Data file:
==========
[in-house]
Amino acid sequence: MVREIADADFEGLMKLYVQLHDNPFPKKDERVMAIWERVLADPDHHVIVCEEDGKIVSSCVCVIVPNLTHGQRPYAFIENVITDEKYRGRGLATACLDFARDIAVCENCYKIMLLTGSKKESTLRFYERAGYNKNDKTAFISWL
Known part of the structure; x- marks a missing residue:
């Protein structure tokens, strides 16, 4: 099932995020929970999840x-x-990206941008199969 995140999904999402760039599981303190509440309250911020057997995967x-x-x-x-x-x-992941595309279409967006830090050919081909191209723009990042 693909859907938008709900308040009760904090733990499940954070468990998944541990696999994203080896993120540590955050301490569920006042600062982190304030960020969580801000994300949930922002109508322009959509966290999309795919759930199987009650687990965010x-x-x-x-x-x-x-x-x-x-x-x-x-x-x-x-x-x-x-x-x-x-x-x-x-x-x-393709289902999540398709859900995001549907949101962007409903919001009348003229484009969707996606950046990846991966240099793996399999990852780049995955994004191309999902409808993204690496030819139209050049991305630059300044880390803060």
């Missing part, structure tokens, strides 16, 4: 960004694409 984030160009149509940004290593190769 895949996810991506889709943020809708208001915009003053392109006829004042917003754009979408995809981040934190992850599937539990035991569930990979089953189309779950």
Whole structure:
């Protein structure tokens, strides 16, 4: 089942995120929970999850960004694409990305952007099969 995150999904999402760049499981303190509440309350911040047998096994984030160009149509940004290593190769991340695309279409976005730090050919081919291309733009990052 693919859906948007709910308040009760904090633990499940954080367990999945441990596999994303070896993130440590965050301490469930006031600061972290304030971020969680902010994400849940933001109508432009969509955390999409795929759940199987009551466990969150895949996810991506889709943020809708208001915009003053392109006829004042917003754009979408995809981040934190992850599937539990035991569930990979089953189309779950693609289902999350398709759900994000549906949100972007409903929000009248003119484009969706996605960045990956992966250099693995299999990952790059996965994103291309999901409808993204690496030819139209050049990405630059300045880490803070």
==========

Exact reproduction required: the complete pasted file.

[in-house]
Amino acid sequence: MVREIADADFEGLMKLYVQLHDNPFPKKDERVMAIWERVLADPDHHVIVCEEDGKIVSSCVCVIVPNLTHGQRPYAFIENVITDEKYRGRGLATACLDFARDIAVCENCYKIMLLTGSKKESTLRFYERAGYNKNDKTAFISWL
Known part of the structure; x- marks a missing residue:
């Protein structure tokens, strides 16, 4: 099932995020929970999840x-x-990206941008199969 995140999904999402760039599981303190509440309250911020057997995967x-x-x-x-x-x-992941595309279409967006830090050919081909191209723009990042 693909859907938008709900308040009760904090733990499940954070468990998944541990696999994203080896993120540590955050301490569920006042600062982190304030960020969580801000994300949930922002109508322009959509966290999309795919759930199987009650687990965010x-x-x-x-x-x-x-x-x-x-x-x-x-x-x-x-x-x-x-x-x-x-x-x-x-x-x-393709289902999540398709859900995001549907949101962007409903919001009348003229484009969707996606950046990846991966240099793996399999990852780049995955994004191309999902409808993204690496030819139209050049991305630059300044880390803060």
């Missing part, structure tokens, strides 16, 4: 960004694409 984030160009149509940004290593190769 895949996810991506889709943020809708208001915009003053392109006829004042917003754009979408995809981040934190992850599937539990035991569930990979089953189309779950």
Whole structure:
């Protein structure tokens, strides 16, 4: 089942995120929970999850960004694409990305952007099969 995150999904999402760049499981303190509440309350911040047998096994984030160009149509940004290593190769991340695309279409976005730090050919081919291309733009990052 693919859906948007709910308040009760904090633990499940954080367990999945441990596999994303070896993130440590965050301490469930006031600061972290304030971020969680902010994400849940933001109508432009969509955390999409795929759940199987009551466990969150895949996810991506889709943020809708208001915009003053392109006829004042917003754009979408995809981040934190992850599937539990035991569930990979089953189309779950693609289902999350398709759900994000549906949100972007409903929000009248003119484009969706996605960045990956992966250099693995299999990952790059996965994103291309999901409808993204690496030819139209050049990405630059300045880490803070």